BJ's Restaurant & Brewhouse
Reviewed by Lee Nichols, Fri., Jan. 18, 2008
BJ's Restaurant & Brewhouse5207 Brodie #300, Sunset Valley, 512/892-3800
Sunday-Thursday, 11am-12mid; Friday-Saturday, 11am-1am
I'll confess, I went to BJ's with low expectations. In fact, I almost didn't go at all – after all, the world doesn't really need a review of the latest corporate megachain to hit Austin. But this one had a difference: It has its own beer. That piqued my curiosity. Still, having your own doesn't necessarily mean it will be good. And Austin is a beer town – if you're going to brew here, you'd better bring your "A" game. (And actually, BJ's doesn't brew here – because they don't want to build an individual brewery for each Texas restaurant, they contract with Houston's Saint Arnold Brewing Co. to avoid legal requirements that would force them to hire a distributor to ship from one restaurant to another.)
Despite the misgivings, color me impressed. This California-based company isn't slouching into this market. I went with three friends, beer snobs all, and we tried everything except their pilsner, with opinions ranging from "not bad" to "very good." On the low end was the Harvest Hefeweizen. Now, I'm not a big fan of this style of wheat beer generally, but my tablemates who had an appreciation for it thought the flavor was too light and couldn't muster up anything more enthusiastic than "not the best I've ever had." Of course, we also noted that January might not be the best time to review a hefe, a variety best appreciated ice cold on a sweaty summer day. More appropriate to the weather was the PM Porter, a pitch-black ale that owes a similarity to Guinness Stout due to its reliance on nitrogen instead of carbon dioxide for its fizz. It had a deep, roasted flavor that lingered on the tongue well after drinking. Also pleasant enough was the Nutty Brewnette, an American-style brown ale whose chocolate malts dominated the palate.
Stepping up in quality, we were pleasantly surprised by BJ's Brewhouse Blonde, a crisp, pale beer in the style of a German Kölsch. Now, in a city that boasts hometown favorites like Fireman's #4 and Shiner Kölsch, a blond ale has a high hurdle to jump. BJ's variety doesn't quite clear it, but it comes close with a recipe that isn't shy on flavor – don't let the color fool you into thinking this will be a watery light beer. The Tatonka Stout is also no wallflower – an imperial stout, this goes well beyond what you might expect if you're a Guinness loyalist. At 8.5% alcohol, it's not for the faint of heart, and with a heavy-hitting combination of chocolate and black malts, roasted barley oats, brown sugar, and molasses, it's not for the faint of taste bud, either. The bold mix of flavors initially struck me as a bit strange, but I quickly developed a liking for it.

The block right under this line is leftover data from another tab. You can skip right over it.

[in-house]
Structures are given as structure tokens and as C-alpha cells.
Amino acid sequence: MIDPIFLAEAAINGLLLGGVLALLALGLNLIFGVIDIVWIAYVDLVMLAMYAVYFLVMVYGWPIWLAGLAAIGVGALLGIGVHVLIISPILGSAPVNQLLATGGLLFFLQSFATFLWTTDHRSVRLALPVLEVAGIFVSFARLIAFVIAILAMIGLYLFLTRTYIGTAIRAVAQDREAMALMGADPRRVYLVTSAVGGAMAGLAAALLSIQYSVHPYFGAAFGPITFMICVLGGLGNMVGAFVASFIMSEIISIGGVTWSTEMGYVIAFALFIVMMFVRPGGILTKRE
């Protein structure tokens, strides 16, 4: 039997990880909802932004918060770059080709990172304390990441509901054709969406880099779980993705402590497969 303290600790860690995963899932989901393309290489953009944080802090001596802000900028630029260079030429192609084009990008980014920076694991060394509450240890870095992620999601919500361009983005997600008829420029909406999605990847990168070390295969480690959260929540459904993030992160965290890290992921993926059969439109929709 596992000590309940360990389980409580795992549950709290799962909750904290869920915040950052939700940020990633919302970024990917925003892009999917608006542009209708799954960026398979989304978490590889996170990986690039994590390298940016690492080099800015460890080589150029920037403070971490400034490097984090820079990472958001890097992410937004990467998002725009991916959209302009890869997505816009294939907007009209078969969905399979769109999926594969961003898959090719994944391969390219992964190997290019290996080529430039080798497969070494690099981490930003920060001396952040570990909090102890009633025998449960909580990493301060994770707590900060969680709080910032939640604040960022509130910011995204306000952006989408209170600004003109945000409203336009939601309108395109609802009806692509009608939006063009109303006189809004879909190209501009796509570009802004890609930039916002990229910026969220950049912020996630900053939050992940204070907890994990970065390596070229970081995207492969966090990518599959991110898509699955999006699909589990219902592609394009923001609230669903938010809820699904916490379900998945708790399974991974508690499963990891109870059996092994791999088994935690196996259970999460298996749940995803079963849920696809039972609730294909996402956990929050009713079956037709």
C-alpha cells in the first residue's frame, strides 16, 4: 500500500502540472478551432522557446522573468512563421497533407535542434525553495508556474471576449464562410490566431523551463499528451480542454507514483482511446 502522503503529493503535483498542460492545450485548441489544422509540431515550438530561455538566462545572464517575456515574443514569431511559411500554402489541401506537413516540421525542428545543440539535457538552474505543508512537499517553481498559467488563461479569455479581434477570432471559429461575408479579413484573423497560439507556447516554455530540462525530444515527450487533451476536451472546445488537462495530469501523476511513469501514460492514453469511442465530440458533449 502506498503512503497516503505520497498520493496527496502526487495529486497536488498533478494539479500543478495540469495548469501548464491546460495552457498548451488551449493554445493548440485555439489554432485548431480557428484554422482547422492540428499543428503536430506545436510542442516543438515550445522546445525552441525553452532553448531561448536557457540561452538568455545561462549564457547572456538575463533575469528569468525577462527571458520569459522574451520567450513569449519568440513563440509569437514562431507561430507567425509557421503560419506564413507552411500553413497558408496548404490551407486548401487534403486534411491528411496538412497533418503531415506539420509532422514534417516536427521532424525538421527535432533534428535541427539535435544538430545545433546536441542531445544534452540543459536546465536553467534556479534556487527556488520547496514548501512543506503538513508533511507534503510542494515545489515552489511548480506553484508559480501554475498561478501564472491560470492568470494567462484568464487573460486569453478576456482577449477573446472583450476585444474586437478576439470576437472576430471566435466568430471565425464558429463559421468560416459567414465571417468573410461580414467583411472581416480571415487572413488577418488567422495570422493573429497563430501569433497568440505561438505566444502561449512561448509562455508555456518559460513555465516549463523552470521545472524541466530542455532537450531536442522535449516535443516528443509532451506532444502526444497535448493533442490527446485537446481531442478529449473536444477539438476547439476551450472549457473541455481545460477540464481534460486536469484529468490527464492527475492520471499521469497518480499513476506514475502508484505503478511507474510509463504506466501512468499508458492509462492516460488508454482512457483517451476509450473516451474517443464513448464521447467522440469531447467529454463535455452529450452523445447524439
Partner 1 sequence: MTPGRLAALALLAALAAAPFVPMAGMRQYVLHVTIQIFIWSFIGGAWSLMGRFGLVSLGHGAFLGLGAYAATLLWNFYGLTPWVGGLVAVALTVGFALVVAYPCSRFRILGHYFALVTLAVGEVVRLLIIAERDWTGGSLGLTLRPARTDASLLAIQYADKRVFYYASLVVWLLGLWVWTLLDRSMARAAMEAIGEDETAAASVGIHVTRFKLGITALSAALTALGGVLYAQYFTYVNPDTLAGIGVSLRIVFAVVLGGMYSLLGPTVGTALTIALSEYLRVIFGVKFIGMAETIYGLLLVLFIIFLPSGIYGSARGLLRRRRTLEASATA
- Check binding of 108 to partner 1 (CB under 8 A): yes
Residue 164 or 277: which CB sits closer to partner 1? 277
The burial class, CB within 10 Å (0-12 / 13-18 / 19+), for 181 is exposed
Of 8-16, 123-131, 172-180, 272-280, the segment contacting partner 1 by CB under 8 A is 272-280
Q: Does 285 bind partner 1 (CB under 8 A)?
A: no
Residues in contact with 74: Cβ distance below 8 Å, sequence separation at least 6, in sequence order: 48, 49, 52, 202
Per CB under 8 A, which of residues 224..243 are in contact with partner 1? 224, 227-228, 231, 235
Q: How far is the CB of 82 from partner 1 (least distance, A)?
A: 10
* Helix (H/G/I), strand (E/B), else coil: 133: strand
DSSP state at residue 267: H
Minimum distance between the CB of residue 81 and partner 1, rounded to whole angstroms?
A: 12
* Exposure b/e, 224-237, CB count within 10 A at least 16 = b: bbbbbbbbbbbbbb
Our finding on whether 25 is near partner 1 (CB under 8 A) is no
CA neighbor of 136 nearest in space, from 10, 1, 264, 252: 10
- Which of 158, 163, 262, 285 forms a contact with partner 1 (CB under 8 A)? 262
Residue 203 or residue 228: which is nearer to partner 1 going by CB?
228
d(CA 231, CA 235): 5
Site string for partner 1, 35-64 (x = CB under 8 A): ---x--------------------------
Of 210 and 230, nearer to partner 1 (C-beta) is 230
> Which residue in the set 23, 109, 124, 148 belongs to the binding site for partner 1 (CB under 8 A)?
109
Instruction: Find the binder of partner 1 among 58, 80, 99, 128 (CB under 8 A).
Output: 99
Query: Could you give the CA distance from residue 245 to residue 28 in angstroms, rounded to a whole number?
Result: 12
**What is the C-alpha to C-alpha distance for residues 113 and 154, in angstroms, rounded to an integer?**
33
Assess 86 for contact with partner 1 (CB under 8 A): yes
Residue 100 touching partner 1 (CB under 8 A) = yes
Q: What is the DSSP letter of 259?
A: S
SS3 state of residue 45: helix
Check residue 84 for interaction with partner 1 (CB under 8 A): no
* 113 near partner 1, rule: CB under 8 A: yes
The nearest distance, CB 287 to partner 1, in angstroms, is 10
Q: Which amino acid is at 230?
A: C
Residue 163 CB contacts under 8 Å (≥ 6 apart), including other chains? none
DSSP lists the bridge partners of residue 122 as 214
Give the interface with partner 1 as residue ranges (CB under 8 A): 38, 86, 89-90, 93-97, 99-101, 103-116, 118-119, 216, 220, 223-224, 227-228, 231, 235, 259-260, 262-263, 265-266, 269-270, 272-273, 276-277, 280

The two biggest stars of the night, however, were the Jeremiah Red Irish Style Ale and the Piranha Pale Ale. The hopheads in my crew were definitely taken with the latter, with a strong dose of hops that punches you right in the mouth with a lovely bitterness, and we all fell in love with the Jeremiah's bright, clean taste and full body that settled into an enjoyable fruit note as it washed across the tongue.
We concentrated our reviewing efforts on the brew, but BJ's food menu was solid enough to satisfy, if not inspiring. From predictable chain fare such as baby-back ribs, sandwiches, burgers, and deep-dish pizza, we selected a BJ's Favorite pizza, a stomach-warming mix of meatballs, pepperoni, sausage, green peppers, black olives, mushrooms, and tomatoes, and we were particularly pleased with the appetizer sampler – especially the creamy spinach & artichoke dip, the tangy Santa Fe spring rolls, and the very flavorful avocado egg rolls.
In a corner of town (Southwest) that is woefully deficient in places catering to beer connoisseurs, BJ's more than competently fills a void and demands that anti-chain prejudices be set aside.
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